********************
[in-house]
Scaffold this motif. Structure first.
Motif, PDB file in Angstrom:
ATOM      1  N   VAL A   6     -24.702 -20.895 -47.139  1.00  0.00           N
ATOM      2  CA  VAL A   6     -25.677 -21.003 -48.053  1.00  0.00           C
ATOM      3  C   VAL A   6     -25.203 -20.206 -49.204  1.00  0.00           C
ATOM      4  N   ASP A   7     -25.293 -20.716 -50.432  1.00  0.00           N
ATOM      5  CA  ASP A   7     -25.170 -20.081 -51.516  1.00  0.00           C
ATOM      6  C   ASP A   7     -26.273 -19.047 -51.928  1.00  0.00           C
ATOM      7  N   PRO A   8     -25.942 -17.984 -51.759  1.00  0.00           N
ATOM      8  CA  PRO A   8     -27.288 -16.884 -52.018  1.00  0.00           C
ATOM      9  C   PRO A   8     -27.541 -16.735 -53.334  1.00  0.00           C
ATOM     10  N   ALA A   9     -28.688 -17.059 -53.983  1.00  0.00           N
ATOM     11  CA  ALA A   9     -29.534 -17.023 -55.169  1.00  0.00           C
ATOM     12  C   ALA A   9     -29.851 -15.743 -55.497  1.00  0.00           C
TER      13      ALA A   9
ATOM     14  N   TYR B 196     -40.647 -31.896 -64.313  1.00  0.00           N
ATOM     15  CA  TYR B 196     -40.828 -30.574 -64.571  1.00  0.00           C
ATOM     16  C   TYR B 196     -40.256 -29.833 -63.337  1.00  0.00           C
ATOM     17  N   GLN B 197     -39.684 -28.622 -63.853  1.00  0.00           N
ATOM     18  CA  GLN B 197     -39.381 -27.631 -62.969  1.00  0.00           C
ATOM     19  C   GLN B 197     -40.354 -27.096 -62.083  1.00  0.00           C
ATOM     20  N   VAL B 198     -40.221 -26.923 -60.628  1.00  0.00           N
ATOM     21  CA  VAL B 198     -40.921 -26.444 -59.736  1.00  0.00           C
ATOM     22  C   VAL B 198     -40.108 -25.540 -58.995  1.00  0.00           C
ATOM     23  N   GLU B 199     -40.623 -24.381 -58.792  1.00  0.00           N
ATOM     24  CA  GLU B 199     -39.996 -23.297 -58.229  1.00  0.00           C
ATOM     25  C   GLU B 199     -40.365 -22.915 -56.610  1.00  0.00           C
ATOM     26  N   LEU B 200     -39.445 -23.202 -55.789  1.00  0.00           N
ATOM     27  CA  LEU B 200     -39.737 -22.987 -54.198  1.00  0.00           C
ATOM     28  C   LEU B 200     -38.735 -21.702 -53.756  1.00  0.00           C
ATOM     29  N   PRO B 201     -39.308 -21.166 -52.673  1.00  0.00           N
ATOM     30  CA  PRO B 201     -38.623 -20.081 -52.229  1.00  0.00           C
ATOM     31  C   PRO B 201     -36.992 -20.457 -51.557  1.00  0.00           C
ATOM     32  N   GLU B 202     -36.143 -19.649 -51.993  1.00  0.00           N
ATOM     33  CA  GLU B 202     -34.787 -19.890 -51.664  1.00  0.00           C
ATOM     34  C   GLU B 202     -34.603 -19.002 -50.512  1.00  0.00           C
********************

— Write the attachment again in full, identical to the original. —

[in-house]
Scaffold this motif. Structure first.
Motif, PDB file in Angstrom:
ATOM      1  N   VAL A   6     -24.702 -20.895 -47.139  1.00  0.00           N
ATOM      2  CA  VAL A   6     -25.677 -21.003 -48.053  1.00  0.00           C
ATOM      3  C   VAL A   6     -25.203 -20.206 -49.204  1.00  0.00           C
ATOM      4  N   ASP A   7     -25.293 -20.716 -50.432  1.00  0.00           N
ATOM      5  CA  ASP A   7     -25.170 -20.081 -51.516  1.00  0.00           C
ATOM      6  C   ASP A   7     -26.273 -19.047 -51.928  1.00  0.00           C
ATOM      7  N   PRO A   8     -25.942 -17.984 -51.759  1.00  0.00           N
ATOM      8  CA  PRO A   8     -27.288 -16.884 -52.018  1.00  0.00           C
ATOM      9  C   PRO A   8     -27.541 -16.735 -53.334  1.00  0.00           C
ATOM     10  N   ALA A   9     -28.688 -17.059 -53.983  1.00  0.00           N
ATOM     11  CA  ALA A   9     -29.534 -17.023 -55.169  1.00  0.00           C
ATOM     12  C   ALA A   9     -29.851 -15.743 -55.497  1.00  0.00           C
TER      13      ALA A   9
ATOM     14  N   TYR B 196     -40.647 -31.896 -64.313  1.00  0.00           N
ATOM     15  CA  TYR B 196     -40.828 -30.574 -64.571  1.00  0.00           C
ATOM     16  C   TYR B 196     -40.256 -29.833 -63.337  1.00  0.00           C
ATOM     17  N   GLN B 197     -39.684 -28.622 -63.853  1.00  0.00           N
ATOM     18  CA  GLN B 197     -39.381 -27.631 -62.969  1.00  0.00           C
ATOM     19  C   GLN B 197     -40.354 -27.096 -62.083  1.00  0.00           C
ATOM     20  N   VAL B 198     -40.221 -26.923 -60.628  1.00  0.00           N
ATOM     21  CA  VAL B 198     -40.921 -26.444 -59.736  1.00  0.00           C
ATOM     22  C   VAL B 198     -40.108 -25.540 -58.995  1.00  0.00           C
ATOM     23  N   GLU B 199     -40.623 -24.381 -58.792  1.00  0.00           N
ATOM     24  CA  GLU B 199     -39.996 -23.297 -58.229  1.00  0.00           C
ATOM     25  C   GLU B 199     -40.365 -22.915 -56.610  1.00  0.00           C
ATOM     26  N   LEU B 200     -39.445 -23.202 -55.789  1.00  0.00           N
ATOM     27  CA  LEU B 200     -39.737 -22.987 -54.198  1.00  0.00           C
ATOM     28  C   LEU B 200     -38.735 -21.702 -53.756  1.00  0.00           C
ATOM     29  N   PRO B 201     -39.308 -21.166 -52.673  1.00  0.00           N
ATOM     30  CA  PRO B 201     -38.623 -20.081 -52.229  1.00  0.00           C
ATOM     31  C   PRO B 201     -36.992 -20.457 -51.557  1.00  0.00           C
ATOM     32  N   GLU B 202     -36.143 -19.649 -51.993  1.00  0.00           N
ATOM     33  CA  GLU B 202     -34.787 -19.890 -51.664  1.00  0.00           C
ATOM     34  C   GLU B 202     -34.603 -19.002 -50.512  1.00  0.00           C